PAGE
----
Jean Delisle, Valcom Consulting Group, Canada; Caroline Huot, Canadian Coast Guard, Canada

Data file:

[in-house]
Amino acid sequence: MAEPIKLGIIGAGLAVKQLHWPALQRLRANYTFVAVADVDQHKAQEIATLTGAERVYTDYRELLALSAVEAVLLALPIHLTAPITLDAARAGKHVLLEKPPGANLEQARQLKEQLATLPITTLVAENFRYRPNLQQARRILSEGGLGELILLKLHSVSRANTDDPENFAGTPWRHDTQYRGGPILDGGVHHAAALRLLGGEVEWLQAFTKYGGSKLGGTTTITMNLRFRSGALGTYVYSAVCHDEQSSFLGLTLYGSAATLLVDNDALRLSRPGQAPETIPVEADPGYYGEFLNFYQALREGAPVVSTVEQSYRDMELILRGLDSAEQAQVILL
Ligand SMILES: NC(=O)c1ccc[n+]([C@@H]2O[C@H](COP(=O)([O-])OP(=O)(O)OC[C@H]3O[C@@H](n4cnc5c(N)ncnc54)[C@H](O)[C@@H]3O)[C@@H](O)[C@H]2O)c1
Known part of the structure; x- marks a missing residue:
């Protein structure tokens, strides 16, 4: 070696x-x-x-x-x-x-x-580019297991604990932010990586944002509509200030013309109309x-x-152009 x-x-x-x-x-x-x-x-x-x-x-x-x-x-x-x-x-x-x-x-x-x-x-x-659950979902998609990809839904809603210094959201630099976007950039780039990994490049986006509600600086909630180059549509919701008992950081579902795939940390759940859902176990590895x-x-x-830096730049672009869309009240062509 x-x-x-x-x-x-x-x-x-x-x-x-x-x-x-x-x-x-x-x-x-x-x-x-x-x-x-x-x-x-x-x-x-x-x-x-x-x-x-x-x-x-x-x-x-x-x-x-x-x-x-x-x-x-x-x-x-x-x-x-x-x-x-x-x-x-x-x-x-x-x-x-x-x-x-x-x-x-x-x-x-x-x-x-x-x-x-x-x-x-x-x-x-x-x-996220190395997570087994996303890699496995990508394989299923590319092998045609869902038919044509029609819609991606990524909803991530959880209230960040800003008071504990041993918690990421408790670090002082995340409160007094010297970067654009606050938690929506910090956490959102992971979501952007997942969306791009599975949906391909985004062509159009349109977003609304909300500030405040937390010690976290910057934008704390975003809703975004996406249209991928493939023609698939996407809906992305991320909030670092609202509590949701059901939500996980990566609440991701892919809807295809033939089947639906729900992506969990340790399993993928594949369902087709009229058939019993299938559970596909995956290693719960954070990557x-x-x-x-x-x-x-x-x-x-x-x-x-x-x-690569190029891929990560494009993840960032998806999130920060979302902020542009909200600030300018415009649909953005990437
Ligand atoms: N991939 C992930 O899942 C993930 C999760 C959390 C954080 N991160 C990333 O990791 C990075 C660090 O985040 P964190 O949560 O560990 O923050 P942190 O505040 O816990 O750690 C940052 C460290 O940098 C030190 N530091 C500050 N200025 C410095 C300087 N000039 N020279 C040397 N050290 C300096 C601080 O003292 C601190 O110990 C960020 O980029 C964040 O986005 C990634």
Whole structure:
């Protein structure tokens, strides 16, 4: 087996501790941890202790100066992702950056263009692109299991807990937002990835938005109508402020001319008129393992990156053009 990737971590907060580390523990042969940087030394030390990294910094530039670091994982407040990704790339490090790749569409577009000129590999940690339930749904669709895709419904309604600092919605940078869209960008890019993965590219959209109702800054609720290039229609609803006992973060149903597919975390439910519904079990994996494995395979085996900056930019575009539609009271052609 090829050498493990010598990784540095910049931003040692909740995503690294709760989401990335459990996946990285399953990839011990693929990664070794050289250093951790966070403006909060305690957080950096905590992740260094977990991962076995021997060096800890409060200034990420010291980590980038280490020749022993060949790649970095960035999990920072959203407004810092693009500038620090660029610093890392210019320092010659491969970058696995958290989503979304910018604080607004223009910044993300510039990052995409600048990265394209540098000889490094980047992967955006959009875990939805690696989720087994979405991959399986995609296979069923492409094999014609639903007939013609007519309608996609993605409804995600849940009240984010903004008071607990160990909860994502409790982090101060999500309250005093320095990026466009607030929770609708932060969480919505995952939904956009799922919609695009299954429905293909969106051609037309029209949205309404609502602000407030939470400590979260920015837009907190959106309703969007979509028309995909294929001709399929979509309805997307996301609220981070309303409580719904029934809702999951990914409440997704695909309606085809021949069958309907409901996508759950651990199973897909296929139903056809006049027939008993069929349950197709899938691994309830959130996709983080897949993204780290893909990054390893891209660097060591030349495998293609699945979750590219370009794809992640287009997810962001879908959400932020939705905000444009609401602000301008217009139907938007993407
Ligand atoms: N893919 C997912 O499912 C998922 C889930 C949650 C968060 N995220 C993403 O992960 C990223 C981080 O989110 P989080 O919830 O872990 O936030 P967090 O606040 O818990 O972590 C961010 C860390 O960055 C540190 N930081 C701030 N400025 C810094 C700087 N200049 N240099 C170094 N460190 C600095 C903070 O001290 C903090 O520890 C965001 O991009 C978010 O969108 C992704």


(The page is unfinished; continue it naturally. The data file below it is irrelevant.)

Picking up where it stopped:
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Mariners navigating in Canadian waters have access to a Ground-Based Augmentation System (GBAS) providing differential corrections and integrity monitoring of the Global Positioning System (GPS) in order to improve their position accuracy and trust in position. Since 1996, the Canadian Coast Guard (CCG) has been providing a GBAS in the form of a Differential GPS broadcast service. This service consists of 19 land-based DGPS sites installed across Canada. The service is only provided south of latitude 60°North. Currently, six United States Coast Guard (USCG) DGPS stations and one Canadian station provide a seamless DGPS service to mariners on the Great Lakes. This service will soon be unavailable with the US gradual decommissioning of its Nationwide DGPS (NDGPS) sites. USCG Great Lakes DGPS stations will be decommissioned in July 2020 creating an immediate challenge for the CCG to provide an augmentation capability in this area. Prior to initiating a DGPS recapitalization program, CCG is evaluating nine options for both the future of the DGPS service and its DGPS network. Options range from doing nothing, to a replacement with a like-for-like service, to the utilization of alternate methods of providing GNSS corrections. The underlying objective of this study is to determine the best way forward for the Canadian DGPS service provider – CCG – and for Canadian DGPS network users given the impending demise of the North American DGPS service and the obsolescence of the Canadian DGPS network. These deliberations are informed by the need to ensure the continuing safety of mariners while maximizing the value of public funding expended in realizing the selected solution. This presentation describes the evaluation undertaken on behalf of the CCG to assess the technical performance criteria, technology availability, regulation compliance, coverage and cost efficiency of each option. A list of recommendations addresses both the immediate Great Lakes coverage issue as well as the best short-term options for CCG (DGPS service and infrastructure) and the interests of DGPS users. As well, long-term options are identified reflecting foreseeable improvements related to the GNSS signal and GNSS receivers. In addition, given the focus on increasing Arctic maritime traffic, consideration of DGPS alternatives includes a review of performance both north and south of latitude 60° North. One of the options included in this study builds upon a paper on WAAS modeling validated with an actual data collection across Canada presented by Serco Inc. and J. Delisle at ION ITM 2019. The outcomes of this study will inform the CCG DGPS replacement strategy and provide a roadmap for the adoption and implementation of recommendations. Maritime authorities that have decided to end their DGPS service have generally neither provided a detailed rationalization of their decision to decommission DGPS nor a detailed rationalization for the choice of their DGPS alternative. Alternatively, this study provides a detailed explanation of the considerations that led to each of the recommendations while taking into account the challenges associated with providing navigation services in a large country bordered by three oceans including the Arctic. A significant number of maritime authorities around the world are operating aging marine radiobeacon DGPS infrastructure and, as is the case in Canada, are investigating potential alternatives. CCG wishes to share the results of its work in order to stimulate dialogue and debate on DGPS alternatives given that other maritime authorities have similar concerns and interests with regards to the future of their DGPS service and their DGPS infrastructure.